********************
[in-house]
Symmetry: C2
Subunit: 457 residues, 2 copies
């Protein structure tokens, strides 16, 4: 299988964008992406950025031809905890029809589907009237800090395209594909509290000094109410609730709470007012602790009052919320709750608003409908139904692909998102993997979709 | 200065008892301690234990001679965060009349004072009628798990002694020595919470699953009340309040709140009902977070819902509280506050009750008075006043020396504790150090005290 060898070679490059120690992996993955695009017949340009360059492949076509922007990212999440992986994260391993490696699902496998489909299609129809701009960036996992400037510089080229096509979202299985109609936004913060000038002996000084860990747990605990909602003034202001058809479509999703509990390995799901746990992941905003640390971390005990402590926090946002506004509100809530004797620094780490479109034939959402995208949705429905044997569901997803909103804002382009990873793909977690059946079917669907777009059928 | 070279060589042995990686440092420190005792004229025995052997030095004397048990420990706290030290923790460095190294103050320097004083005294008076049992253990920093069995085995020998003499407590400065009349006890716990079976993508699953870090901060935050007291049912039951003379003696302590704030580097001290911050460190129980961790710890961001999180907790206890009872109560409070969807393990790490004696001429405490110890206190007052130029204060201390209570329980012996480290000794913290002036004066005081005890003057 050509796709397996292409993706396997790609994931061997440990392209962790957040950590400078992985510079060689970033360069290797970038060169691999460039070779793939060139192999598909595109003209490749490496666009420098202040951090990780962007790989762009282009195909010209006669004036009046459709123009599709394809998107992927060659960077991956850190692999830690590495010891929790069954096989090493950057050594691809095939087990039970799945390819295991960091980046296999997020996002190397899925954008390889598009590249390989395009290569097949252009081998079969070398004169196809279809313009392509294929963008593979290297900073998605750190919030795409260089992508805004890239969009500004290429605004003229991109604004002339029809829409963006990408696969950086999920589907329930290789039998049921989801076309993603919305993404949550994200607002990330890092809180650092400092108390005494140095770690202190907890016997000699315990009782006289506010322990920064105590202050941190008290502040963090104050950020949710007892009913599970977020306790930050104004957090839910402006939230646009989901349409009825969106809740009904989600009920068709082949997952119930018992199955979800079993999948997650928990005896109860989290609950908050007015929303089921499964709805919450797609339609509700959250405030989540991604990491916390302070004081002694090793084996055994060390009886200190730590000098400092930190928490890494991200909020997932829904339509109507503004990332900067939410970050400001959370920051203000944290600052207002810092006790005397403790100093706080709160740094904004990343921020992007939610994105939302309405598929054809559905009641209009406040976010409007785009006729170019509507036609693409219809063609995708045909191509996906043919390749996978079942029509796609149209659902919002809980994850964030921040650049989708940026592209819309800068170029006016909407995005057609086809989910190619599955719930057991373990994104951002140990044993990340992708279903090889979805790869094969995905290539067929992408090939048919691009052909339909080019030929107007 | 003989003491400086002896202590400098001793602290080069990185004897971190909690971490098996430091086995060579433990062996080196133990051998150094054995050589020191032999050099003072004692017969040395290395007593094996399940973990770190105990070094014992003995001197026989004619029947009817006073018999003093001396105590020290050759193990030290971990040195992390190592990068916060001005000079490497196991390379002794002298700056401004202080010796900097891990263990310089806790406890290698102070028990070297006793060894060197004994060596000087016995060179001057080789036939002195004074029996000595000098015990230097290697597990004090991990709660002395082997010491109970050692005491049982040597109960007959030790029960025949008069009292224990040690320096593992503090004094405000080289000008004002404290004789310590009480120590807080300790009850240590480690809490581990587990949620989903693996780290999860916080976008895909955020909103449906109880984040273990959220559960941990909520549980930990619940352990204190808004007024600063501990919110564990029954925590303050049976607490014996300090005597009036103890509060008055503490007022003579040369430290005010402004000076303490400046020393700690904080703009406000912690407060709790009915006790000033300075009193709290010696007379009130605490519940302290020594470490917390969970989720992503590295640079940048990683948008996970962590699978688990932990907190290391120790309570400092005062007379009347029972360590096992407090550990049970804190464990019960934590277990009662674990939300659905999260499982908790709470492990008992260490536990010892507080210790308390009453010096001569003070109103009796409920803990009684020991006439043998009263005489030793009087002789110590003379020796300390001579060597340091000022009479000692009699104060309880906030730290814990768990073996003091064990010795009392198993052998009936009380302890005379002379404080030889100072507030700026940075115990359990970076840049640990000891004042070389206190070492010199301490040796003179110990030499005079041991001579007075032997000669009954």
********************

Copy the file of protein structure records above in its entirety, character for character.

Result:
[in-house]
Symmetry: C2
Subunit: 457 residues, 2 copies
């Protein structure tokens, strides 16, 4: 299988964008992406950025031809905890029809589907009237800090395209594909509290000094109410609730709470007012602790009052919320709750608003409908139904692909998102993997979709 | 200065008892301690234990001679965060009349004072009628798990002694020595919470699953009340309040709140009902977070819902509280506050009750008075006043020396504790150090005290 060898070679490059120690992996993955695009017949340009360059492949076509922007990212999440992986994260391993490696699902496998489909299609129809701009960036996992400037510089080229096509979202299985109609936004913060000038002996000084860990747990605990909602003034202001058809479509999703509990390995799901746990992941905003640390971390005990402590926090946002506004509100809530004797620094780490479109034939959402995208949705429905044997569901997803909103804002382009990873793909977690059946079917669907777009059928 | 070279060589042995990686440092420190005792004229025995052997030095004397048990420990706290030290923790460095190294103050320097004083005294008076049992253990920093069995085995020998003499407590400065009349006890716990079976993508699953870090901060935050007291049912039951003379003696302590704030580097001290911050460190129980961790710890961001999180907790206890009872109560409070969807393990790490004696001429405490110890206190007052130029204060201390209570329980012996480290000794913290002036004066005081005890003057 050509796709397996292409993706396997790609994931061997440990392209962790957040950590400078992985510079060689970033360069290797970038060169691999460039070779793939060139192999598909595109003209490749490496666009420098202040951090990780962007790989762009282009195909010209006669004036009046459709123009599709394809998107992927060659960077991956850190692999830690590495010891929790069954096989090493950057050594691809095939087990039970799945390819295991960091980046296999997020996002190397899925954008390889598009590249390989395009290569097949252009081998079969070398004169196809279809313009392509294929963008593979290297900073998605750190919030795409260089992508805004890239969009500004290429605004003229991109604004002339029809829409963006990408696969950086999920589907329930290789039998049921989801076309993603919305993404949550994200607002990330890092809180650092400092108390005494140095770690202190907890016997000699315990009782006289506010322990920064105590202050941190008290502040963090104050950020949710007892009913599970977020306790930050104004957090839910402006939230646009989901349409009825969106809740009904989600009920068709082949997952119930018992199955979800079993999948997650928990005896109860989290609950908050007015929303089921499964709805919450797609339609509700959250405030989540991604990491916390302070004081002694090793084996055994060390009886200190730590000098400092930190928490890494991200909020997932829904339509109507503004990332900067939410970050400001959370920051203000944290600052207002810092006790005397403790100093706080709160740094904004990343921020992007939610994105939302309405598929054809559905009641209009406040976010409007785009006729170019509507036609693409219809063609995708045909191509996906043919390749996978079942029509796609149209659902919002809980994850964030921040650049989708940026592209819309800068170029006016909407995005057609086809989910190619599955719930057991373990994104951002140990044993990340992708279903090889979805790869094969995905290539067929992408090939048919691009052909339909080019030929107007 | 003989003491400086002896202590400098001793602290080069990185004897971190909690971490098996430091086995060579433990062996080196133990051998150094054995050589020191032999050099003072004692017969040395290395007593094996399940973990770190105990070094014992003995001197026989004619029947009817006073018999003093001396105590020290050759193990030290971990040195992390190592990068916060001005000079490497196991390379002794002298700056401004202080010796900097891990263990310089806790406890290698102070028990070297006793060894060197004994060596000087016995060179001057080789036939002195004074029996000595000098015990230097290697597990004090991990709660002395082997010491109970050692005491049982040597109960007959030790029960025949008069009292224990040690320096593992503090004094405000080289000008004002404290004789310590009480120590807080300790009850240590480690809490581990587990949620989903693996780290999860916080976008895909955020909103449906109880984040273990959220559960941990909520549980930990619940352990204190808004007024600063501990919110564990029954925590303050049976607490014996300090005597009036103890509060008055503490007022003579040369430290005010402004000076303490400046020393700690904080703009406000912690407060709790009915006790000033300075009193709290010696007379009130605490519940302290020594470490917390969970989720992503590295640079940048990683948008996970962590699978688990932990907190290391120790309570400092005062007379009347029972360590096992407090550990049970804190464990019960934590277990009662674990939300659905999260499982908790709470492990008992260490536990010892507080210790308390009453010096001569003070109103009796409920803990009684020991006439043998009263005489030793009087002789110590003379020796300390001579060597340091000022009479000692009699104060309880906030730290814990768990073996003091064990010795009392198993052998009936009380302890005379002379404080030889100072507030700026940075115990359990970076840049640990000891004042070389206190070492010199301490040796003179110990030499005079041991001579007075032997000669009954």